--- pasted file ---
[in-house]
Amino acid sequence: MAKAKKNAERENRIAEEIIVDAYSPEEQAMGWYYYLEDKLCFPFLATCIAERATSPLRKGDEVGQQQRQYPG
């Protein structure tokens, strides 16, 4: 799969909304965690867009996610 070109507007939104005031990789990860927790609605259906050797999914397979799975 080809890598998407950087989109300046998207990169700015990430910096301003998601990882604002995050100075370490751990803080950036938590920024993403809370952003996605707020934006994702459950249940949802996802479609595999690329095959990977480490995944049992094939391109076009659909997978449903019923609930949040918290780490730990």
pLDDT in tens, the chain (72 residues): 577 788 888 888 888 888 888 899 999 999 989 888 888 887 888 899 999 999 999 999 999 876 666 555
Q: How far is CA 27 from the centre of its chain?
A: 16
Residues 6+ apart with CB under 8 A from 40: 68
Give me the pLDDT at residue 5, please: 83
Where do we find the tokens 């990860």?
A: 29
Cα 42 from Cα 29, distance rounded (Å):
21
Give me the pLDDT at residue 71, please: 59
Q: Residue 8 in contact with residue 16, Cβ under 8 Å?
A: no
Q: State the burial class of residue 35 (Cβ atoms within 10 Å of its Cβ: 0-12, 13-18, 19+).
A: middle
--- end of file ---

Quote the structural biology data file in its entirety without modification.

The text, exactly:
[in-house]
Amino acid sequence: MAKAKKNAERENRIAEEIIVDAYSPEEQAMGWYYYLEDKLCFPFLATCIAERATSPLRKGDEVGQQQRQYPG
């Protein structure tokens, strides 16, 4: 799969909304965690867009996610 070109507007939104005031990789990860927790609605259906050797999914397979799975 080809890598998407950087989109300046998207990169700015990430910096301003998601990882604002995050100075370490751990803080950036938590920024993403809370952003996605707020934006994702459950249940949802996802479609595999690329095959990977480490995944049992094939391109076009659909997978449903019923609930949040918290780490730990």
pLDDT in tens, the chain (72 residues): 577 788 888 888 888 888 888 899 999 999 989 888 888 887 888 899 999 999 999 999 999 876 666 555
Q: How far is CA 27 from the centre of its chain?
A: 16
Residues 6+ apart with CB under 8 A from 40: 68
Give me the pLDDT at residue 5, please: 83
Where do we find the tokens 């990860």?
A: 29
Cα 42 from Cα 29, distance rounded (Å):
21
Give me the pLDDT at residue 71, please: 59
Q: Residue 8 in contact with residue 16, Cβ under 8 Å?
A: no
Q: State the burial class of residue 35 (Cβ atoms within 10 Å of its Cβ: 0-12, 13-18, 19+).
A: middle